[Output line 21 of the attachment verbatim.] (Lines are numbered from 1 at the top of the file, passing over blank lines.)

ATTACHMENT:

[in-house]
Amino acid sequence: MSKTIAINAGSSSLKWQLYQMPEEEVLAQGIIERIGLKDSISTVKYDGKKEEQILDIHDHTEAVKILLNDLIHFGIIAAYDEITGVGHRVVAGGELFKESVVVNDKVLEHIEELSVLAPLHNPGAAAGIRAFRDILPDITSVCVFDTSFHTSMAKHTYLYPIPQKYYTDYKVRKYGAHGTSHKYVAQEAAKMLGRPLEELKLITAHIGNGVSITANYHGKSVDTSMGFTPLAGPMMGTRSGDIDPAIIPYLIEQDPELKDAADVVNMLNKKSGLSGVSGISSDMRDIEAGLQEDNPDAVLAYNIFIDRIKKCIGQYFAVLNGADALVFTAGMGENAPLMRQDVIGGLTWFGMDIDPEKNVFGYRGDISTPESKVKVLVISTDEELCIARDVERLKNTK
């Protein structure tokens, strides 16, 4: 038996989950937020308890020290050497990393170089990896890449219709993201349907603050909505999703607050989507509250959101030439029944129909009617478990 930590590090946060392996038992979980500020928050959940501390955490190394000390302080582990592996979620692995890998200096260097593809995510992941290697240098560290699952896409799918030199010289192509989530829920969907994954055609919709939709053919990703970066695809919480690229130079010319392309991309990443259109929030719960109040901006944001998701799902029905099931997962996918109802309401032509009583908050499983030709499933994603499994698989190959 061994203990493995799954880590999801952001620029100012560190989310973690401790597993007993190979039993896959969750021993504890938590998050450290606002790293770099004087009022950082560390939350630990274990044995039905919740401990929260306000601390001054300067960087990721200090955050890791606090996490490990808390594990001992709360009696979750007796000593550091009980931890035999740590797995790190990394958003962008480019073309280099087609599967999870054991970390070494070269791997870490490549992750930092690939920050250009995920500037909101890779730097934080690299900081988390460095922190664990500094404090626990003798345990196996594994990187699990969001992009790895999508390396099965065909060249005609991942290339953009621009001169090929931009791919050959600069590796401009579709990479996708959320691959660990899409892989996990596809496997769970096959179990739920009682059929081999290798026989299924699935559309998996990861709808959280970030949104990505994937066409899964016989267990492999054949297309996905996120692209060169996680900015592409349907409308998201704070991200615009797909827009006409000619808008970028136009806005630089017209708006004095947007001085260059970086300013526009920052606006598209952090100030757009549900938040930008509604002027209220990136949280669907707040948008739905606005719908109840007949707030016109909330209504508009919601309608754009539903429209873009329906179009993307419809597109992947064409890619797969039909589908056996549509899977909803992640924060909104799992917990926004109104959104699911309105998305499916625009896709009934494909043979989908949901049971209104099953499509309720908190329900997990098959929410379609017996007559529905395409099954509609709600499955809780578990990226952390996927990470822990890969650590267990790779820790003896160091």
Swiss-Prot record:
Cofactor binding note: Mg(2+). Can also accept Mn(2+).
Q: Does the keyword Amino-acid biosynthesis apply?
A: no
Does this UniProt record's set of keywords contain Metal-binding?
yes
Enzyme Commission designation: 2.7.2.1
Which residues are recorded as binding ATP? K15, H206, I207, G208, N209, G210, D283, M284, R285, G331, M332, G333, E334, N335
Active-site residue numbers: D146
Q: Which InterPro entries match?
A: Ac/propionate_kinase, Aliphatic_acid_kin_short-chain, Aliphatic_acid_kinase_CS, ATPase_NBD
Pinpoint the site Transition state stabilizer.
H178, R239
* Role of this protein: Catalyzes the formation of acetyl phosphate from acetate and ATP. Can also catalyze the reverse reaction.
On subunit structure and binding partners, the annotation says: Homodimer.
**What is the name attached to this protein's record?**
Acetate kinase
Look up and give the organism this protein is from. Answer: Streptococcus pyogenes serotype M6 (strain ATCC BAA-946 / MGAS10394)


Look up and give the organism this protein is from. Answer: Streptococcus pyogenes serotype M6 (strain ATCC BAA-946 / MGAS10394)